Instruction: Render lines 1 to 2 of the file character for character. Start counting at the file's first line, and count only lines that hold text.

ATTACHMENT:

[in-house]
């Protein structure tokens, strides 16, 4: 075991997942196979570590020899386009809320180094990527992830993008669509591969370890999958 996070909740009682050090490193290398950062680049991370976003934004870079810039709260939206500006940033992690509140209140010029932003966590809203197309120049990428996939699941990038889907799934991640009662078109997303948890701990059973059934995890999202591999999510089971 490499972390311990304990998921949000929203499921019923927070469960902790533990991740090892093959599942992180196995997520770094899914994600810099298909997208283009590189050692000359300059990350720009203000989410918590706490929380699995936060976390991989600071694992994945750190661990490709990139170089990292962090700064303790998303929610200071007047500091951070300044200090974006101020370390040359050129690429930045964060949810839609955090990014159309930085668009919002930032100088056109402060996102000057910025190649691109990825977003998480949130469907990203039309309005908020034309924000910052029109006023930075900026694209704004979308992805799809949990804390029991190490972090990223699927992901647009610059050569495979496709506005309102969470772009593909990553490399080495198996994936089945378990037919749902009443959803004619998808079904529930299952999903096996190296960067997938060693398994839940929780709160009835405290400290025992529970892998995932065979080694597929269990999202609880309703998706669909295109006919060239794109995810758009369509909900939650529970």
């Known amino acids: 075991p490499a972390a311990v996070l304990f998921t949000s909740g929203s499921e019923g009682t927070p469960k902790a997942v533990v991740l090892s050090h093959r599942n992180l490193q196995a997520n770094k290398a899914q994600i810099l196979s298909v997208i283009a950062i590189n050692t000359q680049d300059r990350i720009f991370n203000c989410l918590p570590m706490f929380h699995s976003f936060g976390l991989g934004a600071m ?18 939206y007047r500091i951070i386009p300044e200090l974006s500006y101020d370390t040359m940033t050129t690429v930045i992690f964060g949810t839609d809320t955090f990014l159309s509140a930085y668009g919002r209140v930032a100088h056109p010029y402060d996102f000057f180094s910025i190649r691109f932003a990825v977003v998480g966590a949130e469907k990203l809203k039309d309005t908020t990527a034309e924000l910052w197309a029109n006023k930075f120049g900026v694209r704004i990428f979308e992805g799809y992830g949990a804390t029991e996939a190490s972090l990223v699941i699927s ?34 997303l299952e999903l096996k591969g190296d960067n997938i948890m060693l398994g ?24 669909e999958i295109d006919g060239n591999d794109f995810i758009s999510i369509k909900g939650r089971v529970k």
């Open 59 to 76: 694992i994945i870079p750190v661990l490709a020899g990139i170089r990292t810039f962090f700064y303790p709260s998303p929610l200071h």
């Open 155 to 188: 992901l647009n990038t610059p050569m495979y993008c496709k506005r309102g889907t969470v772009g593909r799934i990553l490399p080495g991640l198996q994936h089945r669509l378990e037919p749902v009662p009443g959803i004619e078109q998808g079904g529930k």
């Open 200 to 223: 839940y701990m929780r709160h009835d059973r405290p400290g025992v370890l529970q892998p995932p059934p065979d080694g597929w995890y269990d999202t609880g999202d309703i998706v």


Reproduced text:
[in-house]
């Protein structure tokens, strides 16, 4: 075991997942196979570590020899386009809320180094990527992830993008669509591969370890999958 996070909740009682050090490193290398950062680049991370976003934004870079810039709260939206500006940033992690509140209140010029932003966590809203197309120049990428996939699941990038889907799934991640009662078109997303948890701990059973059934995890999202591999999510089971 490499972390311990304990998921949000929203499921019923927070469960902790533990991740090892093959599942992180196995997520770094899914994600810099298909997208283009590189050692000359300059990350720009203000989410918590706490929380699995936060976390991989600071694992994945750190661990490709990139170089990292962090700064303790998303929610200071007047500091951070300044200090974006101020370390040359050129690429930045964060949810839609955090990014159309930085668009919002930032100088056109402060996102000057910025190649691109990825977003998480949130469907990203039309309005908020034309924000910052029109006023930075900026694209704004979308992805799809949990804390029991190490972090990223699927992901647009610059050569495979496709506005309102969470772009593909990553490399080495198996994936089945378990037919749902009443959803004619998808079904529930299952999903096996190296960067997938060693398994839940929780709160009835405290400290025992529970892998995932065979080694597929269990999202609880309703998706669909295109006919060239794109995810758009369509909900939650529970």